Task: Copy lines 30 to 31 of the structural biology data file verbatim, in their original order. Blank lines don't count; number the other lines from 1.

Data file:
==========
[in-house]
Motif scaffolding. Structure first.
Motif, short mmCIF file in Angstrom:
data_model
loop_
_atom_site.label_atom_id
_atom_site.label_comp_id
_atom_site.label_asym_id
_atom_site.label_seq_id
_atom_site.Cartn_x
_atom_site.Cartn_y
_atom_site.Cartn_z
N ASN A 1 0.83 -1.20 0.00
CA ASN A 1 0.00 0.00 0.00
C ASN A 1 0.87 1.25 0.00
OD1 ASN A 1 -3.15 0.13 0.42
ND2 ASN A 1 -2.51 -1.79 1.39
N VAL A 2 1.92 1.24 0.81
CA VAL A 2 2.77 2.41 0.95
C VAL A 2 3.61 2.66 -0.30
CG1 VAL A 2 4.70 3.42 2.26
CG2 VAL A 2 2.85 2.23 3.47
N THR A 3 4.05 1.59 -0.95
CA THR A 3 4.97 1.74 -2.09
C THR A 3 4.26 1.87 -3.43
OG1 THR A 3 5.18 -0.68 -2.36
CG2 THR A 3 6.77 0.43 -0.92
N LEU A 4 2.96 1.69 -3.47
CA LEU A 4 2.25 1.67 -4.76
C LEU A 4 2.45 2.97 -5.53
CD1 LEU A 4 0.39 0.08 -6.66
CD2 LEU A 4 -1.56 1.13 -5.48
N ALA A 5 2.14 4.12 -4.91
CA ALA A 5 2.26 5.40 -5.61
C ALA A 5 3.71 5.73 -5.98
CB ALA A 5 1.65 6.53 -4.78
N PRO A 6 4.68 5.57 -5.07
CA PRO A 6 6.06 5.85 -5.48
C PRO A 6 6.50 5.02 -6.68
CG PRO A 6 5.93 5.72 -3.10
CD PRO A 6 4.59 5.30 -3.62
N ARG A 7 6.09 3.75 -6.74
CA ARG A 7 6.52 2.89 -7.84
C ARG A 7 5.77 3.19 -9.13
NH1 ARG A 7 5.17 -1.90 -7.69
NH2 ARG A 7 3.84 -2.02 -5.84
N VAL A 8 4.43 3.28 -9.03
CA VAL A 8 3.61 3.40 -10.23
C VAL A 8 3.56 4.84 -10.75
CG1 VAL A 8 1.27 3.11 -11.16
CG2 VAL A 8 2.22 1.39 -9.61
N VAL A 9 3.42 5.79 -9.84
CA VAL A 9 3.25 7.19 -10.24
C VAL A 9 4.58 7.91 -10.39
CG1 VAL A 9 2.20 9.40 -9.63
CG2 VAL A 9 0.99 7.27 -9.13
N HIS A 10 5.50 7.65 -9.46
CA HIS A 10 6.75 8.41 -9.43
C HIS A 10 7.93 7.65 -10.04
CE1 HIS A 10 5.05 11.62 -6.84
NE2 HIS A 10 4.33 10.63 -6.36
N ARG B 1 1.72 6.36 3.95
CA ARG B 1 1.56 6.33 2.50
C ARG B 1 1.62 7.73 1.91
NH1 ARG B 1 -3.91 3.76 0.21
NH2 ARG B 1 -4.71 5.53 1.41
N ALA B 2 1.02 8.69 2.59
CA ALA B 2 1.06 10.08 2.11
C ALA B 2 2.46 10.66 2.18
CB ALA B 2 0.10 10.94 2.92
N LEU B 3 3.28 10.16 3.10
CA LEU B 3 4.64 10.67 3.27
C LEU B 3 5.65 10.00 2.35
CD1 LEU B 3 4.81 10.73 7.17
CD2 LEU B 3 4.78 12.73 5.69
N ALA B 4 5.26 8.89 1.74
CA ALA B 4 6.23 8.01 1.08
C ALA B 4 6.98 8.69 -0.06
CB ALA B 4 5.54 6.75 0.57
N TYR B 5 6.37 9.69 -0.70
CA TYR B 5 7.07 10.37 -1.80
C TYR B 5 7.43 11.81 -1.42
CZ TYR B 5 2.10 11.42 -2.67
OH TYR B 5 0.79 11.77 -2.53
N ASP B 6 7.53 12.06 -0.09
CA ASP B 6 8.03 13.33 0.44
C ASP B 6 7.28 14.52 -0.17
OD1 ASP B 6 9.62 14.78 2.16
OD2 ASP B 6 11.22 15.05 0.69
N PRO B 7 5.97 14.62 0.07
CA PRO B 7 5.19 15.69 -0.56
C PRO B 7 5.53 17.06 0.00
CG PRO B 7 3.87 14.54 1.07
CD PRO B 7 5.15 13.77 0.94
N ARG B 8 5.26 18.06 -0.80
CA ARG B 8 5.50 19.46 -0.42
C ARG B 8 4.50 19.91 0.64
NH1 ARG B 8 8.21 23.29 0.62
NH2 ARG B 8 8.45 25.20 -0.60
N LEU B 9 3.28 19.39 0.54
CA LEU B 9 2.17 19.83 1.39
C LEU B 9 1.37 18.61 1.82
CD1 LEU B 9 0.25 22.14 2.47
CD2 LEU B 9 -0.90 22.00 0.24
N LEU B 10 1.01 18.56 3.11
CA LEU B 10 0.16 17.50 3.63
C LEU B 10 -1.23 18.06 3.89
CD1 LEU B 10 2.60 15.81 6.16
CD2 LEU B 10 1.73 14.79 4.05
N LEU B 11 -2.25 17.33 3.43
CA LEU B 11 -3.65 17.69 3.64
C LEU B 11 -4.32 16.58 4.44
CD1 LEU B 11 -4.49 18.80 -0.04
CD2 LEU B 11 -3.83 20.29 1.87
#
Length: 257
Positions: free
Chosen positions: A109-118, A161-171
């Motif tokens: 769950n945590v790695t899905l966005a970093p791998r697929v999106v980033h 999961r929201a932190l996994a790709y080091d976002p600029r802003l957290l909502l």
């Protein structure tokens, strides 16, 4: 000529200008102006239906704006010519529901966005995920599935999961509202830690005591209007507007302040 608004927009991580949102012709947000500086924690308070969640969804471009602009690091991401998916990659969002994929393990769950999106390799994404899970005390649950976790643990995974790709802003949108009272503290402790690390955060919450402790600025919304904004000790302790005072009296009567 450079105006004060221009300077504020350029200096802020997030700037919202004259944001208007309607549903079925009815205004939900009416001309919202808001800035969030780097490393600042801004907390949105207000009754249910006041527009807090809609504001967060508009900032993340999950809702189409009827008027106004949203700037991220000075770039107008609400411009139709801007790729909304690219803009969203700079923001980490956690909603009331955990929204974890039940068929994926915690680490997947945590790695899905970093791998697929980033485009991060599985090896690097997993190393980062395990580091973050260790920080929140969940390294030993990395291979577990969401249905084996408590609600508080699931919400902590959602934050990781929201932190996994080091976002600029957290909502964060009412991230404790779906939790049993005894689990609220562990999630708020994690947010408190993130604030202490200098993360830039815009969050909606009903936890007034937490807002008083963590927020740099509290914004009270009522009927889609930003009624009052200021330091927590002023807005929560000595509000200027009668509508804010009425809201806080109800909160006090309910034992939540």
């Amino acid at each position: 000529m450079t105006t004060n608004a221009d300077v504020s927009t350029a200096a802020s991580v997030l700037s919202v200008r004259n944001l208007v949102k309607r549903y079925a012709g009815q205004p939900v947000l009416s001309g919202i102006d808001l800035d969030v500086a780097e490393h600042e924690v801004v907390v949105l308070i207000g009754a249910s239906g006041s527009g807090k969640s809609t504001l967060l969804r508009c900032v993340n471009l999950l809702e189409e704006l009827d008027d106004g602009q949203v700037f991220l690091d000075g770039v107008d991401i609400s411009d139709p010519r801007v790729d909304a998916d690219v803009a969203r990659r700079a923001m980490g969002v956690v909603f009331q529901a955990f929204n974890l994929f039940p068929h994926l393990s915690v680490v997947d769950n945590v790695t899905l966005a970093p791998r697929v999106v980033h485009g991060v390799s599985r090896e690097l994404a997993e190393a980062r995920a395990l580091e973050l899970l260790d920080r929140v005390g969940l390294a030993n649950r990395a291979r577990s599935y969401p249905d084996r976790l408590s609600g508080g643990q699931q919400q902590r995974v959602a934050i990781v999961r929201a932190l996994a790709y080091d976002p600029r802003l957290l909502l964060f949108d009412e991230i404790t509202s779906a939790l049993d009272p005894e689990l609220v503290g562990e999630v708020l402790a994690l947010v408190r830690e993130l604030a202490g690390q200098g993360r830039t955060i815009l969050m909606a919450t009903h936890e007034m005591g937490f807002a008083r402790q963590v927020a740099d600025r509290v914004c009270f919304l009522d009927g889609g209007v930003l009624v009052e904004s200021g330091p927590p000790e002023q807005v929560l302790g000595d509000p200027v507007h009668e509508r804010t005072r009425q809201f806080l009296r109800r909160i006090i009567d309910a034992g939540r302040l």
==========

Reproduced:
C LEU A 4 2.45 2.97 -5.53
CD1 LEU A 4 0.39 0.08 -6.66